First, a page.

SIMSBURY, CT â A Simsbury resident was sentenced Monday to 30 months of imprisonment for his role in a life insurance scam, according to John H. Durham, United States Attorney for the District of Connecticut.
Daniel Carpenter, 64, was sentenced by U.S. District Judge Robert N. Chatigny in Hartford. The sentence includes three years of supervised release.
Carpenter was accused of defrauding insurance companies into issuing insurance policies on the lives of elderly people for the financial benefit of Carpenter and other investors in the scheme, Durham said.
On June 9, 2016, Judge Chatigny found Carpenter guilty of 57 counts of conspiracy, mail and wire fraud, money laundering and illegal monetary transaction offenses stemming from the scheme, also known as a stranger-originated life insurance scheme. The verdict followed a bench trial that began on Feb. 16, 2016 and concluded on March 21, 2016. Carpenter had waived his right to a trial by jury, Durham said.
According to the evidence at trial, Carpenter controlled a series of companies, based in Simsbury and Stamford, that developed the Charter Oak Trust (the “Trust”), an employee welfare benefit plan and trust whose primary objective was to secure insurance policies on the lives of elderly individuals that could be held by Carpenter’s companies as investments, or resold on the life settlement market, which is a third-party market for life insurance policies. Typically, insurance agents working with, for, or on behalf of Carpenter and his companies approached elderly individuals (the “Straw Insureds”). The agents promised to provide the Straw Insureds with free life insurance for two years, and, at the end of the two years, would attempt to sell the policies on the life settlement market. In most cases, the agents promised the Straw Insureds that they would receive a portion of any sale proceeds, Durham said.
The evidence at trial established that Carpenter, working with insurance agents, caused to be submitted to several insurance providers numerous insurance applications that contained several material misrepresentations, including falsely denying that third-parties were paying the premiums for the insurance, falsely denying discussions about the resale of the policies, falsely inflating the net worth and/or income of the insured, and falsely claiming that the insurance was being purchased for legitimate estate planning-related needs. All applications were signed by Carpenter’s brother-in-law, who acted as trustee of the Charter Oak Trust, which was to be the “owner” of all policies in the trust. Moreover, the applications purported that the Charter Oak Trust was a bona fide welfare benefit trust under Internal Revenue Code Section 419(e), wherein employers would be making contributions to the Charter Oak Trust in order to fund the life insurance policies for the benefit of certain select employees, Durham said.
The evidence further established that, in truth, no “employer” or Straw Insured ever paid a premium into the Charter Oak Trust. Rather, the premiums were funded by loans primarily from another company headquartered in Simsbury and controlled by Carpenter. In many cases, those loans were, in turn, financed by another third-party financing company based in Stamford. The loan arrangements were withheld from the insurance providers, who would not have issued policies had they known the true nature of the Charter Oak Trust, and had the insurance applications been filled out truthfully, Durham said.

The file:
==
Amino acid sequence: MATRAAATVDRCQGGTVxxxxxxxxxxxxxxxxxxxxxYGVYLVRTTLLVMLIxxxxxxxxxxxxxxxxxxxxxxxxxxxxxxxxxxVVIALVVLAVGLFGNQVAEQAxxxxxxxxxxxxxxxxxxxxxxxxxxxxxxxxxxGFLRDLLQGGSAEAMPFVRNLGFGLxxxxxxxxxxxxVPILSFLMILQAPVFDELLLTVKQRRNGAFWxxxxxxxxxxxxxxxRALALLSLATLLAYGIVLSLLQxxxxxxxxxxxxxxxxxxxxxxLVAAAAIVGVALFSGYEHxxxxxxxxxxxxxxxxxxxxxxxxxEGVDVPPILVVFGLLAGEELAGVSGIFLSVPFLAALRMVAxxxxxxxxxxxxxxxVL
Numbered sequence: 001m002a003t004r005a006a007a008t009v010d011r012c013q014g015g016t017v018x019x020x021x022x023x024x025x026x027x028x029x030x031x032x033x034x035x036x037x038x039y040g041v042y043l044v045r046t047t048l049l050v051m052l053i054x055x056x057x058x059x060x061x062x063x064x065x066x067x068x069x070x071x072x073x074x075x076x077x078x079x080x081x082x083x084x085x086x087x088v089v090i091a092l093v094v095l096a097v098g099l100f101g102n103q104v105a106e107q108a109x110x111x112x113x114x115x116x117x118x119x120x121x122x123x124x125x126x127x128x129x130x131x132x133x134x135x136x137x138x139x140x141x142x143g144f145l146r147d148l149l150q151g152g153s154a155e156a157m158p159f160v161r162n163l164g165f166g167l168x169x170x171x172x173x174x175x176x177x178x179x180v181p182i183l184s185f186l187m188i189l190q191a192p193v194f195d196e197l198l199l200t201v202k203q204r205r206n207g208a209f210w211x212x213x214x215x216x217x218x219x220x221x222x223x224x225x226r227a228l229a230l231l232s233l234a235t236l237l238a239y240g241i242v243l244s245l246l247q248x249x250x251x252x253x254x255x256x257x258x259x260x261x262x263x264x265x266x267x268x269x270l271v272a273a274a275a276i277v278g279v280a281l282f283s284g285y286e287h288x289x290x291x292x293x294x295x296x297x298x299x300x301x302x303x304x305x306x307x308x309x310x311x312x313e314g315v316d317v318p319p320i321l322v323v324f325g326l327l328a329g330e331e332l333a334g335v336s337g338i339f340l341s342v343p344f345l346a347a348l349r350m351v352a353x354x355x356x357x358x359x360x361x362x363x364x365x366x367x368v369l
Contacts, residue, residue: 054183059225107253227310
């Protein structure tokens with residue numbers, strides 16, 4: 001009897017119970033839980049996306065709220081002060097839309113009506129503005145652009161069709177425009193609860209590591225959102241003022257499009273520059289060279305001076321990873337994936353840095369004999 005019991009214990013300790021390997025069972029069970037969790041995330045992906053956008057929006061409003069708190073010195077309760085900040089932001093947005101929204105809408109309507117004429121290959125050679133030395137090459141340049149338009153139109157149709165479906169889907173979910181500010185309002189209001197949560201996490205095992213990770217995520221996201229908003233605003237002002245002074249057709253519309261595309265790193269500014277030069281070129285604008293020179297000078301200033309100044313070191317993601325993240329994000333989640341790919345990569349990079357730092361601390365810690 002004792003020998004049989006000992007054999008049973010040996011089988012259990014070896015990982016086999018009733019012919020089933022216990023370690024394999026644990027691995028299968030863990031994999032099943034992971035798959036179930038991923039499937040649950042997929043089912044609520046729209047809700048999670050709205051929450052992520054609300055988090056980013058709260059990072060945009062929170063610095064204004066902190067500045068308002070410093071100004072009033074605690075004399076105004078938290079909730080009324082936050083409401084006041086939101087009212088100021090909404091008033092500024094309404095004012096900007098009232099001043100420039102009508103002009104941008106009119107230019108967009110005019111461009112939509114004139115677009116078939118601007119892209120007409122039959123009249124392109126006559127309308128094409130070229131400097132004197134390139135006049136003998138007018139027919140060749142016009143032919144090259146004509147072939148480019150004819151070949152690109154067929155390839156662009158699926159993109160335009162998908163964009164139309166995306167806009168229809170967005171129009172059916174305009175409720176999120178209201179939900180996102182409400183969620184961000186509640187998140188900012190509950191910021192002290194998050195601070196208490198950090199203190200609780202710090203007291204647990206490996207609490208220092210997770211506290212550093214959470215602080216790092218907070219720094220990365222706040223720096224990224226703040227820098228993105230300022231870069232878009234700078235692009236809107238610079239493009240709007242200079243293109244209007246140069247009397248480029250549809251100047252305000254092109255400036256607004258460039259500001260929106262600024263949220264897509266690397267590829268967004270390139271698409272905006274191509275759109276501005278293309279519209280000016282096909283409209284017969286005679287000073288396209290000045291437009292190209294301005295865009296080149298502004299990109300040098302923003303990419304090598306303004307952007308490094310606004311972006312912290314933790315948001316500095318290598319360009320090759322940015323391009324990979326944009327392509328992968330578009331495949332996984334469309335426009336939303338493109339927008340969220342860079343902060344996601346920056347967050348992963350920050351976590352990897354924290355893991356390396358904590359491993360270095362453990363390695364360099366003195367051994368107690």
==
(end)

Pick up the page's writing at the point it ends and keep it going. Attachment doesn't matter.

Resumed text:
Based on the false applications that were submitted to the insurance providers, the Charter Oak Trust procured 84 insurance policies that had a total aggregate death benefit of more than $459 million on the lives of 76 different Straw Insureds. In addition, another company controlled by Carpenter received more than $12 million in commissions from the insurance providers, who would not have paid the commissions had they known about the false representations on the insurance applications and the true nature of the Charter Oak Trust, according to Durham.
Finally, the trial evidence showed that one Straw Insured died within the first two years of the issuance of the two insurance policies on his life. Those policies had been issued in late 2006 and early 2007 based on misrepresentations similar to those described above, specifically that his policies were not being funded by a third party and were not intended for resale. The two insurance policies had a combined death benefit of $30 million, which the insurer paid to the Charter Oak Trust in May 2009. At Carpenter’s direction, the Charter Oak Trust failed to pay the $30 million to the Straw Insured’s beneficiary, and instead used the funds to pay for various expenses, including other insurance premiums that were related to the underlying fraud, as well as to purchase a home in Rhode Island, Durham said.
Judge Chatigny will issue a restitution order at a later date.
Carpenter, who is released on bond, was ordered to report to prison on March 4, 2019.
Carpenter was previously convicted in the District of Massachusetts of mail fraud and wire fraud offenses stemming from an unrelated business scheme. On Feb. 26, 2014, he was sentenced to 36 months of imprisonment for those offenses, Durham said.
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